Mobile Games Brought in More Revenue in 2016 Than PCs and Console Games

Last year mobile games brought in over 40 billion dollars in worldwide revenue. To put it in perspective, that's more than 2016's global movie box office revenue of 38 billion dollars, and the music industry's 15.1 billion dollar revenue. Cell phone games saw an 18 percent increase over the year before, with mobile gamers in the US alone, generating 24.8 billion dollars in revenue. The US is also the only country in the world where iOS gamers outnumber those on Android devices, despite the fact that Android gamers represent 78 percent of the global gaming market.

Related: MOBA Madness: The Top 7 Multiplayer Online Battle Arenas for iOS

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Granted, 40.5 billion dollars is an impressive figure; however, I strongly feel that we've barely scratched the surface in terms of how mobile devices will revolutionize the gaming world. These portable, handheld gaming devices are poised to bring in far more revenue when you consider the fact that premium games that charge top dollar for a premium experience have only barely begun to become available on mobile. Sure, there are some mobile titles that we've seen that have charged a relatively high dollar amount, in the $5 to $15 price range; a lot for mobile, but by and large, the majority of games make their money from in-app purchases, instead of a pay once for a full game approach. The in-app purchase model is obviously working well for mobile games, as they've outpaced traditional console games in profits for two years now. And unlike the console gaming platform, mobile games have brought in phenomenal profits without a lot of money being spent in purchasing the game itself.

While it can be said that not all free mobile games are created equal, there are many great ones out there, ones that don't employ an exploitive "freemium" or pay-to-play pricing model. But many of the freemium titles available for mobile do have what feels to me, like an often barely tolerable pay wall that either hobbles players and limits their gaming experience, or encourages them to invest in virtual currency to expand or enrich their access and enjoyment of said game. I believe that as the major gaming houses enter the mobile gaming market, which they are already doing we will see even greater revenue being generated by mobile games. As more games start charging for a premium, AAA gaming experience on mobile, fewer and fewer gamers will think to even raise an eyebrow at the cost of their favorite games.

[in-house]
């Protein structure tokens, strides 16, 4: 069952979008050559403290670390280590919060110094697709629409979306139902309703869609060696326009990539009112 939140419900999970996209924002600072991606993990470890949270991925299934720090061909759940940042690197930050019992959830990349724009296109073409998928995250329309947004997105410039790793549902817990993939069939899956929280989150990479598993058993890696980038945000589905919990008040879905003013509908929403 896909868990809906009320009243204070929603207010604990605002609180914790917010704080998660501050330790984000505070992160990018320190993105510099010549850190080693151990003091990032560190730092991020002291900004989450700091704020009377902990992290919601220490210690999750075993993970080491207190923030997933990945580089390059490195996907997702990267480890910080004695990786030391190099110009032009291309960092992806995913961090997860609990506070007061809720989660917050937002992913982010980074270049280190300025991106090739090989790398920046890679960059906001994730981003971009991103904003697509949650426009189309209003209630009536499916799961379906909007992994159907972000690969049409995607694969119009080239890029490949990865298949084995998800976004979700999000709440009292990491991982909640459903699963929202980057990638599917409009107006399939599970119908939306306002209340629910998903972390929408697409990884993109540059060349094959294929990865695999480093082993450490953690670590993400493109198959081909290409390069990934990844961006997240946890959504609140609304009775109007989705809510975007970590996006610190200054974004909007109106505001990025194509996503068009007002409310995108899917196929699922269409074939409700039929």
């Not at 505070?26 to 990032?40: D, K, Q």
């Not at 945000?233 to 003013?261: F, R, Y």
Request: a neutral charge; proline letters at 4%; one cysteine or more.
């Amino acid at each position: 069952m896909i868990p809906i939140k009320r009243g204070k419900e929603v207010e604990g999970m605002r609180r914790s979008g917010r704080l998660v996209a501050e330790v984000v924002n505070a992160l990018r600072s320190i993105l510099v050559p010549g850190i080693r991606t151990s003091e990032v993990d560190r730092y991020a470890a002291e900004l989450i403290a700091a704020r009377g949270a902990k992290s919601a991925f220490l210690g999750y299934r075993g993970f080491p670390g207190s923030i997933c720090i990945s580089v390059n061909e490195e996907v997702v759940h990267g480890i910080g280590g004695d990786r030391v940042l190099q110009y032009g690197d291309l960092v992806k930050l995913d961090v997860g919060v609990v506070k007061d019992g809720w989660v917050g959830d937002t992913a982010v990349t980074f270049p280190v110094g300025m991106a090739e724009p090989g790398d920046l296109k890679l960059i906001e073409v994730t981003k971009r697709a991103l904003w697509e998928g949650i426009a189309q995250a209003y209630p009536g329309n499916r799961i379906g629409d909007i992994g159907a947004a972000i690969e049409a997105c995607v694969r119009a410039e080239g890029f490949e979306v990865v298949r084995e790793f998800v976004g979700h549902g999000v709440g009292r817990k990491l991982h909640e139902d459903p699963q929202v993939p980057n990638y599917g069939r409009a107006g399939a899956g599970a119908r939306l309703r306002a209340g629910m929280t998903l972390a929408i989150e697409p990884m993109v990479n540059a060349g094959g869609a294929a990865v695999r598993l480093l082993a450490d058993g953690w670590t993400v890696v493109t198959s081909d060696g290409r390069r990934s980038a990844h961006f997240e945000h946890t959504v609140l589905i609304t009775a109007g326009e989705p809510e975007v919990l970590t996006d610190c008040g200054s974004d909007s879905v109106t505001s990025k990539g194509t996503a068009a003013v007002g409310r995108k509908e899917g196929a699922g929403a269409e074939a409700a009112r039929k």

Consider these not so subtle hints of things to come:

  • Several tremendously popular console games like Bioshock and Assassin's Creed have already been faithfully ported to mobile, although to mixed reviews.

  • Successful franchises like FIFA, Call of Duty, NBA 2K, are highly acclaimed premium staples of the App Store.

  • Activision's Blizzard recently acquired King, makers of the ridiculously profitable Candy Crush Saga; while more recently, gaming powerhouse Tencent acquired Supercell, maker of top-grossing games Clash of Clans and Clash Royale.

  • The iOS game with the strongest legitimate eSport community is mobile MOBA Vainglory, complete with multiple tournament events each year that award hundreds of thousands of dollars in prizes and have attracted competitive teams from many of the world's top eSports franchises. Vainglory was built from the ground up to be the definitive MOBA for touchscreens (think Overwatch, DotA 2, or League of Legends) by alumni of Riot, Rockstar, and Blizzard.

  • Finally, and perhaps most notably, while mobile gaming brought in 41 billion in revenue, PC gaming brought in a respectable 34 billion dollars in 2016 and console games only brought in 6.6 billion dollars, a number that's up from 5.7 billion in console games for 2015.

In spite of recent research that indicates that the majority of mobile game have a serious problem retaining users for any length of time, I still anticipate that mobile devices will continue to revolutionize and transform the predominant way human beings game for the coming generation. I expect that mobile games will begin to generate a greater percentage of their revenue from AAA titles charging more for their full unlocked game, while the obviously successful in-app purchase, micro-transaction model for mobile games will continue to flourish. And as crowded as the App Store marketplace is, there is definitely more room for top-quality mobile games, and specifically, more room for premium mobile games (think VR for instance) that offer a truly console-caliber gaming experience and command a significantly higher price tag than what many are currently accustomed to investing in a mobile title.

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Dig Om's picture

As Senior Gear Editor at iPhone Life, Dig reports on the latest and greatest accessories built for the iOS ecosystem. From rugged gear and Bluetooth speakers, to headphones, unique iDevice cases, and iOS remote controlled vehicles, Dig's articles cover a wide range of great gear for the iPhone and iPad. A core gamer for over three decades, Dig also writes iPhone Life's Game Centered column, which focuses on the best iOS games and game related news. Additionally, Dig's company, iDoc Tech Support, offers web design and administration services as well as iPhone and iPad repairs. When not at his work desk, Dig loves spending time with family and enjoying the wonders of nature. You can follow him on Twitter @idoctech